I could make a speech on this matter, though I am not going to. We are anxious that we should have sympathetic understanding on the part of the minister and his officials, and that is what we are hoping to get.
There are other agencies at work which are anxious about this port, anxious in particular about reciprocal trade between western Canada and British ports. I am informed on good authority that the government of Saskatchewan-and surely in a matter of this kind, which is a national matter, we should not prejudice the issue if we mention the name of a government whose ideology is somewhat different from that of this government ; surely we do not have to face that sort of thing-is taking particular pains to talk
with various agencies in the old country about reciprocal trade between Britain and Saskatchewan. and they are anxious that some of that trade should be carried through the port of Churchill. I am told, for instance, that the government of Saskatchewan has on order now a good number of trucks and automobiles they want to bring to western Canada this year. Many other items could come through the port of Churchill, and we cannot see why they do not.
We realize, of course, that Churchill is better equipped for export, that is the export of grain, than for the import of goods. It lacks certain shed facilities and other things which I am not going into now. If this import trade does materialize and does increase I hope facilities will be provided at Churchill to handle that trade better than it has been handled in the past, as well as the purely export trade in grain. The other day someone told me that some repair work was going on at Churchill this year. I believe last year I suggested that certain repairs and additional work were necessary, and I am hoping some of it is now being undertaken.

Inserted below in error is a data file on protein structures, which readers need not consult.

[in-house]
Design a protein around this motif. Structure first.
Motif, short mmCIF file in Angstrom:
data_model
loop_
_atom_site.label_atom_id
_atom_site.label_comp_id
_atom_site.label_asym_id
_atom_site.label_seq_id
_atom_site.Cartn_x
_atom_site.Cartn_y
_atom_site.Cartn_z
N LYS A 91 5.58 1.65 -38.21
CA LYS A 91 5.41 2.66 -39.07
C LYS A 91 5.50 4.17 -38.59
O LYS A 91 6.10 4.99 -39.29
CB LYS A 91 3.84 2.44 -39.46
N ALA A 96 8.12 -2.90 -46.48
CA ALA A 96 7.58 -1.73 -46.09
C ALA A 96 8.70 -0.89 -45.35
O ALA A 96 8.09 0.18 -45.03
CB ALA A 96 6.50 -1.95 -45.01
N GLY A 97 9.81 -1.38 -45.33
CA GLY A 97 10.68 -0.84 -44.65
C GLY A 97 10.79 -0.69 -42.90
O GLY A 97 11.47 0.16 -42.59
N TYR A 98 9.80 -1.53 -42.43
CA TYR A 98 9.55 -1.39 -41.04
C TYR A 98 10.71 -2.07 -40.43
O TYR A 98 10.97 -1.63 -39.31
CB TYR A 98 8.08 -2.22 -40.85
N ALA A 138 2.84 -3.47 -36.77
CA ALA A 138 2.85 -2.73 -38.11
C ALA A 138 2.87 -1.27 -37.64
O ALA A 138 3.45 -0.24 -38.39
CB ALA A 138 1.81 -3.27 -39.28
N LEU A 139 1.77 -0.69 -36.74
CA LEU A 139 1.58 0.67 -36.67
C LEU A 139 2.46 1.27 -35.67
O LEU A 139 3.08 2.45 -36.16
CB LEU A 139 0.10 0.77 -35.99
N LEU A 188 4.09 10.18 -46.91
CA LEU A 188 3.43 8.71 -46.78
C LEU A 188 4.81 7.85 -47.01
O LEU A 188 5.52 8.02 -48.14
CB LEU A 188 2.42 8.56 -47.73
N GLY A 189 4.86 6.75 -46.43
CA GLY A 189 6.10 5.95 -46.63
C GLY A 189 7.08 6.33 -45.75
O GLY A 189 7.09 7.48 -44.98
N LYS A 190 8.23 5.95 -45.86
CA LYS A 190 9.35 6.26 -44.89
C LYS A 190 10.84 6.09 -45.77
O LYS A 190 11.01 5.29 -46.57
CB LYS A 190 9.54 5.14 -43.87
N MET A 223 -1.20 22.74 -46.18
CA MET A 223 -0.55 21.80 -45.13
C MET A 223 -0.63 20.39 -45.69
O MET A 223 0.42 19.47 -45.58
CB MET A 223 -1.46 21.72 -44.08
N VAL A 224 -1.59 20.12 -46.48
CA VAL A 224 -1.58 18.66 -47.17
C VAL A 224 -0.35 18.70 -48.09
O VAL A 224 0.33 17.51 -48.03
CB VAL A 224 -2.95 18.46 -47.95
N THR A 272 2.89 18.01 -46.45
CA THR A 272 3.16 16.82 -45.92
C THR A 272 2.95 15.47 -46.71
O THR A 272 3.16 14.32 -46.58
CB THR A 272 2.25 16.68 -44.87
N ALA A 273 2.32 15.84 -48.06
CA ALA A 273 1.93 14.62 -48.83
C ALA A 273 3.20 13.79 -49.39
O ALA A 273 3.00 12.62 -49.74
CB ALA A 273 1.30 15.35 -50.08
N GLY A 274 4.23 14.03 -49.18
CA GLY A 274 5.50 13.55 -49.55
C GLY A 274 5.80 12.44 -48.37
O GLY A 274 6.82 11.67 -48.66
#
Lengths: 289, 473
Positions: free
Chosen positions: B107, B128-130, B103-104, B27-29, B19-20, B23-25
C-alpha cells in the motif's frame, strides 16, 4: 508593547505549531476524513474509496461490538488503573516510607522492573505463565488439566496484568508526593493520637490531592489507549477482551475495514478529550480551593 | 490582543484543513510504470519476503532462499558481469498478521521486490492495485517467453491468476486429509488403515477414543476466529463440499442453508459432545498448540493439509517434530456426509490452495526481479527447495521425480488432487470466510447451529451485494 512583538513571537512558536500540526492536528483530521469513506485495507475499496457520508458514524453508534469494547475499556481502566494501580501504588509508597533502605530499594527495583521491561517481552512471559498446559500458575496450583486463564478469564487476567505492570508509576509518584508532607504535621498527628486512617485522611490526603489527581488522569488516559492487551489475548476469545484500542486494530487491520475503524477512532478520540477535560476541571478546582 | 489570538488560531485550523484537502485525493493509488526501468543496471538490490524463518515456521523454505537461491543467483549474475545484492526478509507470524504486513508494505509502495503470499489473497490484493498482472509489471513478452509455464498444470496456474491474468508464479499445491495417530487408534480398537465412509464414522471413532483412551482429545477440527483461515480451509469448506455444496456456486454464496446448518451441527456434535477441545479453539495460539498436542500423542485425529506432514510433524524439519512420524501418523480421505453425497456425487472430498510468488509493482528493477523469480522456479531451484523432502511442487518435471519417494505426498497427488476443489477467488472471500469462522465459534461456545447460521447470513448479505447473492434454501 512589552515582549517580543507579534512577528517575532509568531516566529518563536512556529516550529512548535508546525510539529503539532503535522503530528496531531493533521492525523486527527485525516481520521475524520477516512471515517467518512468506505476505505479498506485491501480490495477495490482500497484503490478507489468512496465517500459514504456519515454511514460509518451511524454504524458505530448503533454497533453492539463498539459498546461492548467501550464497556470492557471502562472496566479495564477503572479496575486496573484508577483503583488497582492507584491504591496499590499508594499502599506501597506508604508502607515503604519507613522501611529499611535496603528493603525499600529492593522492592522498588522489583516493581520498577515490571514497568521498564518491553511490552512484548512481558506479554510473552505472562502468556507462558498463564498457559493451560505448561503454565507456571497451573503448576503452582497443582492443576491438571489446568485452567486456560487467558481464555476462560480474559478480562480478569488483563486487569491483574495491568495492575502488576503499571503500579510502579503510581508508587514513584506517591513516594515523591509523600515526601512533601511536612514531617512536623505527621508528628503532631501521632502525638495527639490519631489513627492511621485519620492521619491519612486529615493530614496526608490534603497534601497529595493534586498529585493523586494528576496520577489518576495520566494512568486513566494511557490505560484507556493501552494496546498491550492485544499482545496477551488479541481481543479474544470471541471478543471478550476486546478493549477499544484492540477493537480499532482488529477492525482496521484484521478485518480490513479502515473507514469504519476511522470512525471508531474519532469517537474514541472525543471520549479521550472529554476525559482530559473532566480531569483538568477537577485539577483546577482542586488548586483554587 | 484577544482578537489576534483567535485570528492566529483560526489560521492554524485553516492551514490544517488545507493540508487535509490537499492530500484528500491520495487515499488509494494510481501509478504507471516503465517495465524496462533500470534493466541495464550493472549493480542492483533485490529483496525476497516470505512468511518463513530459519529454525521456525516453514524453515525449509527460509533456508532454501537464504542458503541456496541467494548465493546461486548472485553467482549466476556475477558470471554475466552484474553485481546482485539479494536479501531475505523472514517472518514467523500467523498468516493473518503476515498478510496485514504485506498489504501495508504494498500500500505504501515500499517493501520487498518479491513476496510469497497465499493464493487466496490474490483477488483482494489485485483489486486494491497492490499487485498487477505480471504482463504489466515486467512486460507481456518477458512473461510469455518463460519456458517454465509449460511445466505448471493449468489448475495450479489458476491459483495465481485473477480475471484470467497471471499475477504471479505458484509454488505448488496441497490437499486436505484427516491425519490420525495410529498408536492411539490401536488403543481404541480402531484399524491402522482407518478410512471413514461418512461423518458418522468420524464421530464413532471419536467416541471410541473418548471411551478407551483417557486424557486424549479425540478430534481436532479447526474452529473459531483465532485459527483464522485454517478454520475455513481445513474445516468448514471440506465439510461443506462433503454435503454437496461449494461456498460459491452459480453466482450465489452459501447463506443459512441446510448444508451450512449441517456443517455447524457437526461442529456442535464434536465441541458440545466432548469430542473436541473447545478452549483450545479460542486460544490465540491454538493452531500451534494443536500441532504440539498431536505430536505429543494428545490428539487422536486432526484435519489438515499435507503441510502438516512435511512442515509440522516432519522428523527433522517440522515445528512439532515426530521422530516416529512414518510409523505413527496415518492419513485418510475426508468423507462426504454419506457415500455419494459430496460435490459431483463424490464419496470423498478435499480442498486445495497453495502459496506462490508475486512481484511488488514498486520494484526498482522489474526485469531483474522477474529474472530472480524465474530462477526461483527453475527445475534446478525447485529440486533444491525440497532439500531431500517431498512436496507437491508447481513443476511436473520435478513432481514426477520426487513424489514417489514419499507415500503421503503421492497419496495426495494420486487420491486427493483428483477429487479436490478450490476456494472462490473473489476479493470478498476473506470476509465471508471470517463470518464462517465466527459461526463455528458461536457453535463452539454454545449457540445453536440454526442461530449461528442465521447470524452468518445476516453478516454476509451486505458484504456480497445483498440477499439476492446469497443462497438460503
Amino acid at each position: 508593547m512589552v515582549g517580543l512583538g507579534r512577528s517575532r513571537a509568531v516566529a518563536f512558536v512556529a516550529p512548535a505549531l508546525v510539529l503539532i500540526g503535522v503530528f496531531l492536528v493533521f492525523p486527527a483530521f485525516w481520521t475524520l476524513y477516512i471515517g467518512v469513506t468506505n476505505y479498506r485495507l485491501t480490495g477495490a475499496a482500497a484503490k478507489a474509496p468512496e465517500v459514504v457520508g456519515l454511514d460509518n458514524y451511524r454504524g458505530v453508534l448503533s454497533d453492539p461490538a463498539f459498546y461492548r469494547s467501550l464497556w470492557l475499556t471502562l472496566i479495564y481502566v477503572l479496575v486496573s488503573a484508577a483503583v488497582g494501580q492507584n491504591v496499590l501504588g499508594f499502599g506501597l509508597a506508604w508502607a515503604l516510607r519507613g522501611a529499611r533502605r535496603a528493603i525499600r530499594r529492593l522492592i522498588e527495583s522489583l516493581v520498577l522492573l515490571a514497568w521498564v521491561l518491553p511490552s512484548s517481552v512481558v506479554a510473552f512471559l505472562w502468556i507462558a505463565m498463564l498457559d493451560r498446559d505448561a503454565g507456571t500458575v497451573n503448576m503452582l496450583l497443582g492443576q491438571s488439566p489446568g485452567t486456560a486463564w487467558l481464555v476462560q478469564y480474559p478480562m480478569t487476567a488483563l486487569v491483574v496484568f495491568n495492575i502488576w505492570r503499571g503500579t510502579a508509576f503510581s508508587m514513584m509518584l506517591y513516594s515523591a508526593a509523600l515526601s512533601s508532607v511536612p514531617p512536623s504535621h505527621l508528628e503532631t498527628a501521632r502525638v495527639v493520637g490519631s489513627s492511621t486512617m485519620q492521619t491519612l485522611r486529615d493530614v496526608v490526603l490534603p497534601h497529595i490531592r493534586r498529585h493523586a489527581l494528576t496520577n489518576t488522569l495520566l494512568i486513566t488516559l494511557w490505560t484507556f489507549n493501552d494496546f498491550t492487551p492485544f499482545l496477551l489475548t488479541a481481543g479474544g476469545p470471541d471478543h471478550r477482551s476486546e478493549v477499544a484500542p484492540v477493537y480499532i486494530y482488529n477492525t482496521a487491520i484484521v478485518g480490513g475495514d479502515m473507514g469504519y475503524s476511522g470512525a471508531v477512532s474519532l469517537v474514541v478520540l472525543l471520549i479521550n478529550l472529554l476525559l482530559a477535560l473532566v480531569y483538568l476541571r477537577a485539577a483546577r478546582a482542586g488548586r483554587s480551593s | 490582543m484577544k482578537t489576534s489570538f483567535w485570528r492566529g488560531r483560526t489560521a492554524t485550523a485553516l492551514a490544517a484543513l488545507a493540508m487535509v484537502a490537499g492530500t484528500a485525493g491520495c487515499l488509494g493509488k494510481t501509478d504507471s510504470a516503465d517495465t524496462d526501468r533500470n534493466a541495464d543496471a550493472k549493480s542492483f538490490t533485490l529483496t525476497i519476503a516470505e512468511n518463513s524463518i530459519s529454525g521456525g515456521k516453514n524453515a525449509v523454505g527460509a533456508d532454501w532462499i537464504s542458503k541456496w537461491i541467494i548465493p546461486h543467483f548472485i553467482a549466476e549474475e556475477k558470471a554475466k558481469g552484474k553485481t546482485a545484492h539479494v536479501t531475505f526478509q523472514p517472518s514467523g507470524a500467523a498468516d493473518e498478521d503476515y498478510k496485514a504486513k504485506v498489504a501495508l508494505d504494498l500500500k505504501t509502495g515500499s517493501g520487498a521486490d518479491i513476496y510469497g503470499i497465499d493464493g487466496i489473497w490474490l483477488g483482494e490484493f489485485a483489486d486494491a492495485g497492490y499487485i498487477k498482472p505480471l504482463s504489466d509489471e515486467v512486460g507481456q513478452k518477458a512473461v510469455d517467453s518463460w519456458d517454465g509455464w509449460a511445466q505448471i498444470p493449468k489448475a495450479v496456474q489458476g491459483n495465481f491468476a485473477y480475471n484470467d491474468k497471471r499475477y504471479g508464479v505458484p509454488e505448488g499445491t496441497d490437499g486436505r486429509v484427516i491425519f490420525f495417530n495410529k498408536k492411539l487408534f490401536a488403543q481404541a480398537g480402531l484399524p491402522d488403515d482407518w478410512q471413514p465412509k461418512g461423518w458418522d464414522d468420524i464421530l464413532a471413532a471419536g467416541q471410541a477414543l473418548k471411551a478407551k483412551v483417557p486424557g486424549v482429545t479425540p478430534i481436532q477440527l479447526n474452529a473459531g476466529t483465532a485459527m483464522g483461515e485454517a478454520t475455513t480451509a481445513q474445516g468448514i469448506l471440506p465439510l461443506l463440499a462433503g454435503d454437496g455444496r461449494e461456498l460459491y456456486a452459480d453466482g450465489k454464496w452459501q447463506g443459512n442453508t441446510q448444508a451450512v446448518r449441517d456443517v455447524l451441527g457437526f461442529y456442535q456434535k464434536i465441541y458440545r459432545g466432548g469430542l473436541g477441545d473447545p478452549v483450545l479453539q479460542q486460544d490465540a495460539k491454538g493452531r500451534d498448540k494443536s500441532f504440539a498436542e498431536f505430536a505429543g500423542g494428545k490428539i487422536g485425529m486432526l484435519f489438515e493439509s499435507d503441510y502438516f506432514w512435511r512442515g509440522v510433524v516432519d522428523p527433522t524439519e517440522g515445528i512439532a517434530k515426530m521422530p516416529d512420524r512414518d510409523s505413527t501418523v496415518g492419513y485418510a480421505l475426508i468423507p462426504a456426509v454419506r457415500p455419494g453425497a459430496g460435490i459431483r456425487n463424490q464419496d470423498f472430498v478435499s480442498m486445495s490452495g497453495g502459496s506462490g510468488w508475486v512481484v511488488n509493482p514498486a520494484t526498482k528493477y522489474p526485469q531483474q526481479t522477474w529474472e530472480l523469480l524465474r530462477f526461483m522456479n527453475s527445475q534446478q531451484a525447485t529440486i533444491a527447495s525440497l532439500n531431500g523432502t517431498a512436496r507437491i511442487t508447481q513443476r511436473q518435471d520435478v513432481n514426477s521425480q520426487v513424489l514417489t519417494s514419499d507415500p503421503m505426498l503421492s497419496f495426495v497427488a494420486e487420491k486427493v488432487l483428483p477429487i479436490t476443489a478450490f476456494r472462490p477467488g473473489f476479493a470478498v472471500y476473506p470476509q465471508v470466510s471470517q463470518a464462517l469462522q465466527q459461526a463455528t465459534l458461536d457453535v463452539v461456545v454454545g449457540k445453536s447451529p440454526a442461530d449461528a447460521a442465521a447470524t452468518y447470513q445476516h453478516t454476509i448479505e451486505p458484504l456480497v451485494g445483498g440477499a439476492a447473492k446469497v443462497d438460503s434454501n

The hour is late, and I do not know whether I can expect the minister, on a general item, to answer the questions I have raised. Incidentally, before coming to the chamber this evening I had not the faintest idea that this discussion would be coming up. I had prepared one or two questions to place on the order paper embodying at least some of the things I have asked this evening, particularly the question with respect to freight rates on the Hudson Bay road, and the rumour that ocean freight rates to Churchill had been lessened. I should be pleased, and I know it would set. at rest the minds of those in Saskatoon and Regina who are interested in this matter, if the minister could give some definite answer to the questions I have raised.
Mr. Chairman, coming as I do' from a section of Nova Scotia where the swift moving tides of the bay of Fundy merge with the mighty waters of the north Atlantic, where we are subject to fog, sleet and ice as well as all the normal dangers of navigation, I feel that I must say a few words regarding matters of marine. First of all, I wish to say I appreciate very much the co-operation I have always received from the minister.
Then, I want to suggest to the minister that an agency or sub-agency be established on the Nova Scotia side of the bay of Fundy. There is one operating in Saint John, but I think we need one on the Nova Scotia side to look after all the lighthouses and aids to navigation between Cape Sable and Point